* MR. JAMES STUART (Shoreditch, Hoxton)

said that many hon. Members would disagree with the noble Lord as to his desire for finality in the expenditure on education. He did not suppose that there should be it general debate on a wide question like this, but he urged on the right hon. Gentleman the absolute necessity, before the Committee discussed the Bill in detail, of giving it the effect of the somewhat complicated system of relief on the various School Board districts. He found some difficulty in understanding what was the object of the Bill. Was the Bill for the improvement of education, or was it a Bill for the relief of the ratepayers? If it was a Bill for the improvement of education he sympathised with a good deal of what the noble Lord had said if there was to be omitted from the Bill the conditions under which the money was to be applied; but he did not gather from the speech of the right hon. Gentleman that there were no such conditions in the Bill. If the Bill was for the relief of the ratepayers, there were two aspects in which to look at it. First, there was the aspect as to the total amount of relief; and secondly, the method of distribution. He thought that everyone interested in the School Board side of the question must regard that relief as extremely inadequate and extraordinarily unequal as between two classes of schools. A Bill of this kind, introduced with so narrow a margin of relief to the Board Schools, was a tine on those districts which had themselves established School Boards, or had been compelled, by the legal machinery of the country, to establish School Boards. It was impossible to judge of the distribution of the money until a return was furnished showing how it would operate. He urged that the Government should give a return of the details connected with the districts. Both as regarded the method of distribution and the total sum to be given, the Government were doing a great injustice to the urban districts, If the Bill was for the relief of the rates, what a totally inadequate sop it was! The urban districts had been most seriously hit in regard to rates, and now there was an opportunity to relieve them they received no relief at all. The fact that London got no relief whatever under the Bill made him feel that the method of distribution under the Bill was extremely bizarre. But they had not only to consider one rate, but the incidence of all rates. By not taking a comprehensive view of the matter, and dealing with it in a haphazard way, Parliament was piling up additional difficulties as regarded rating. Without the return which he had pressed on the Vice President of the Council, and which he would be able to give, the House would be arguing upon a totally one-sided view of the question.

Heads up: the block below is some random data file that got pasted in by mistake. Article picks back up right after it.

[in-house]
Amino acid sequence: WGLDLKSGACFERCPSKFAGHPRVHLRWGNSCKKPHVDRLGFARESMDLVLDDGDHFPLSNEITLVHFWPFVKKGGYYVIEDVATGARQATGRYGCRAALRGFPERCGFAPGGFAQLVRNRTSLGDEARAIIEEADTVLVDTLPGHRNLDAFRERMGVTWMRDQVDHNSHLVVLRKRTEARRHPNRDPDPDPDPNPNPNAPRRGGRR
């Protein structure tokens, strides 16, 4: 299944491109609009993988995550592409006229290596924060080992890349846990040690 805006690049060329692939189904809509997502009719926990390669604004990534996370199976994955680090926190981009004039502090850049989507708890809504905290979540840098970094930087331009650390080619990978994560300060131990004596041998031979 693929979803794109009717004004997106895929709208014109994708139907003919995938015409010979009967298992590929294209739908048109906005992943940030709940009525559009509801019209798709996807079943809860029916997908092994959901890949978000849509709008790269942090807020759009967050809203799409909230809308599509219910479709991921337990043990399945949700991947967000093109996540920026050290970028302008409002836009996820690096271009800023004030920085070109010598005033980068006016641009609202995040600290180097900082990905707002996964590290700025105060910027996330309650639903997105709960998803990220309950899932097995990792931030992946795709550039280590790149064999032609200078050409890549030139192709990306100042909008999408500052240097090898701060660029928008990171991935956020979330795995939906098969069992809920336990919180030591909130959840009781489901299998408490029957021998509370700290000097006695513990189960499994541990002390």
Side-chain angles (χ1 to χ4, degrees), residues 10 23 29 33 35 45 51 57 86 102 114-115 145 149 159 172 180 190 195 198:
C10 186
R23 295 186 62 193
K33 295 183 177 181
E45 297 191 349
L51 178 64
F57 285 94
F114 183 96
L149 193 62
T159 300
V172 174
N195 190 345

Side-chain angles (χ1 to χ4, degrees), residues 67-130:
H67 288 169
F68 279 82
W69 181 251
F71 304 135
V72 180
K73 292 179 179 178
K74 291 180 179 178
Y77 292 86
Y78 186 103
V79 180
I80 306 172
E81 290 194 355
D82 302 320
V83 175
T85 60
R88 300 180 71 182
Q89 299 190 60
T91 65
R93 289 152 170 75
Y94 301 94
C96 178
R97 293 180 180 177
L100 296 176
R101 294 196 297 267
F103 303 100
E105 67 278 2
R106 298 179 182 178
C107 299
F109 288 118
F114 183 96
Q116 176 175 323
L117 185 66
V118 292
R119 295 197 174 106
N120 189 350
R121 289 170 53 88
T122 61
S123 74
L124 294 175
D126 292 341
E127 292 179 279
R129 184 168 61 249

MR. G. C. T. BARTLEY (Islington, N.)

recognised in the proposal before the House an effort to meet a great want. How it would work out they could not judge until they saw the Bill, and, even then, they would need experience of its operation. But it was a grievous pity that the matter should be dealt with piecemeal. The Measure before the House was to adjust certain grievances and put certain wrongs right, but in doing this it would create other anoma- lies which would be felt almost as much. It would do away with certain anomalies and injustices, and create fresh ones. London was rich, taken as one financial entity, but many neighbourhoods of London were as poor as those districts which it was intended to relieve. In his constituency practically all the ratepayers were small, and the relief to them would be practically nothing. But the matter should he treated from the educational rather than from the ratepayers' point of view. A great opportunity was being lost of placing this great educational question on a final basis. The only possible solution for it was that they should once and for all recognise that the State must pay the whole cost of the secular teaching it required. If this were done all the various anomalies would be done away with. They were getting near it. The present was another step in that direction. The whole question of education in both Voluntary and Board Schools should be put on such a basis as to do away with those anomalies. The proposal before the House was in the right direction, but a further Measure would be necessary to deal out fairness to all classes.

MR. SYDNEY BUXTON (Tower Hamlets, Poplar)